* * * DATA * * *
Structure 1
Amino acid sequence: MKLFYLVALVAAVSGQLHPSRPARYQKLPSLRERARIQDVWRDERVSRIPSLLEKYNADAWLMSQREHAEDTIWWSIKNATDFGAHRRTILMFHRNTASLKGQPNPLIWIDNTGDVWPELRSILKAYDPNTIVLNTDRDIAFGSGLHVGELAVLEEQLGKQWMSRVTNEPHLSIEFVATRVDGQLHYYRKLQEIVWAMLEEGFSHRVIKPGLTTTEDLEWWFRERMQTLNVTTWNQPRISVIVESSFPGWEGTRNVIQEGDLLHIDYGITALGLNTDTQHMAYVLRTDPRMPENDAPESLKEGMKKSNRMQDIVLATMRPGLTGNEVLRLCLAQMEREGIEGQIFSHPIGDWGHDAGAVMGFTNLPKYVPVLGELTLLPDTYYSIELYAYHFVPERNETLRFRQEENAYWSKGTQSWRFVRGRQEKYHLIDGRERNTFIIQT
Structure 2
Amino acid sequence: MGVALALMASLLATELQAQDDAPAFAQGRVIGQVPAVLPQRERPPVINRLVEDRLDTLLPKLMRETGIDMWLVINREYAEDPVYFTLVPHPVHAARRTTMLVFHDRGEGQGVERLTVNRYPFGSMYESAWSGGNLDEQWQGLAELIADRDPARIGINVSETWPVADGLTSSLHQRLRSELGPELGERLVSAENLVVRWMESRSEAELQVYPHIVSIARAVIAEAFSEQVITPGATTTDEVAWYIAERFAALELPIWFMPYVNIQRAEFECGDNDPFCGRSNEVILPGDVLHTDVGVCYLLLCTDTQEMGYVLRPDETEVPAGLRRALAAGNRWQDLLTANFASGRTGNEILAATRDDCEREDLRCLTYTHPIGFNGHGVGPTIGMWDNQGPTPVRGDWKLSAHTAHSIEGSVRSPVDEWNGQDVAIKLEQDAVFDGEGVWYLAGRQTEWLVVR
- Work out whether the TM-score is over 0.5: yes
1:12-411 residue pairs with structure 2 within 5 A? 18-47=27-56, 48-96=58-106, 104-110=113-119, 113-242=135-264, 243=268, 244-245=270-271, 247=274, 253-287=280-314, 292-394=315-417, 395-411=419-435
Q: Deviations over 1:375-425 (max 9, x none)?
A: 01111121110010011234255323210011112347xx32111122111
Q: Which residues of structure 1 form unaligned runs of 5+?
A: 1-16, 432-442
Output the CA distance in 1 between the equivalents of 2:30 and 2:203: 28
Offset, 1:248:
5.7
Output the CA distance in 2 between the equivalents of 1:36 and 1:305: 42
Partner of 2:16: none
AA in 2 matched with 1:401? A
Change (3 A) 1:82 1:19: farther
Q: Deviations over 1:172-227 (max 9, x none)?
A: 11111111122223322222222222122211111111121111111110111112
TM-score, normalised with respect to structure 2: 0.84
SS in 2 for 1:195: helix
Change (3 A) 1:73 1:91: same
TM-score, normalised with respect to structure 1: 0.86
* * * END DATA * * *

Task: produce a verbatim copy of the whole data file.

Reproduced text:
Structure 1
Amino acid sequence: MKLFYLVALVAAVSGQLHPSRPARYQKLPSLRERARIQDVWRDERVSRIPSLLEKYNADAWLMSQREHAEDTIWWSIKNATDFGAHRRTILMFHRNTASLKGQPNPLIWIDNTGDVWPELRSILKAYDPNTIVLNTDRDIAFGSGLHVGELAVLEEQLGKQWMSRVTNEPHLSIEFVATRVDGQLHYYRKLQEIVWAMLEEGFSHRVIKPGLTTTEDLEWWFRERMQTLNVTTWNQPRISVIVESSFPGWEGTRNVIQEGDLLHIDYGITALGLNTDTQHMAYVLRTDPRMPENDAPESLKEGMKKSNRMQDIVLATMRPGLTGNEVLRLCLAQMEREGIEGQIFSHPIGDWGHDAGAVMGFTNLPKYVPVLGELTLLPDTYYSIELYAYHFVPERNETLRFRQEENAYWSKGTQSWRFVRGRQEKYHLIDGRERNTFIIQT
Structure 2
Amino acid sequence: MGVALALMASLLATELQAQDDAPAFAQGRVIGQVPAVLPQRERPPVINRLVEDRLDTLLPKLMRETGIDMWLVINREYAEDPVYFTLVPHPVHAARRTTMLVFHDRGEGQGVERLTVNRYPFGSMYESAWSGGNLDEQWQGLAELIADRDPARIGINVSETWPVADGLTSSLHQRLRSELGPELGERLVSAENLVVRWMESRSEAELQVYPHIVSIARAVIAEAFSEQVITPGATTTDEVAWYIAERFAALELPIWFMPYVNIQRAEFECGDNDPFCGRSNEVILPGDVLHTDVGVCYLLLCTDTQEMGYVLRPDETEVPAGLRRALAAGNRWQDLLTANFASGRTGNEILAATRDDCEREDLRCLTYTHPIGFNGHGVGPTIGMWDNQGPTPVRGDWKLSAHTAHSIEGSVRSPVDEWNGQDVAIKLEQDAVFDGEGVWYLAGRQTEWLVVR
- Work out whether the TM-score is over 0.5: yes
1:12-411 residue pairs with structure 2 within 5 A? 18-47=27-56, 48-96=58-106, 104-110=113-119, 113-242=135-264, 243=268, 244-245=270-271, 247=274, 253-287=280-314, 292-394=315-417, 395-411=419-435
Q: Deviations over 1:375-425 (max 9, x none)?
A: 01111121110010011234255323210011112347xx32111122111
Q: Which residues of structure 1 form unaligned runs of 5+?
A: 1-16, 432-442
Output the CA distance in 1 between the equivalents of 2:30 and 2:203: 28
Offset, 1:248:
5.7
Output the CA distance in 2 between the equivalents of 1:36 and 1:305: 42
Partner of 2:16: none
AA in 2 matched with 1:401? A
Change (3 A) 1:82 1:19: farther
Q: Deviations over 1:172-227 (max 9, x none)?
A: 11111111122223322222222222122211111111121111111110111112
TM-score, normalised with respect to structure 2: 0.84
SS in 2 for 1:195: helix
Change (3 A) 1:73 1:91: same
TM-score, normalised with respect to structure 1: 0.86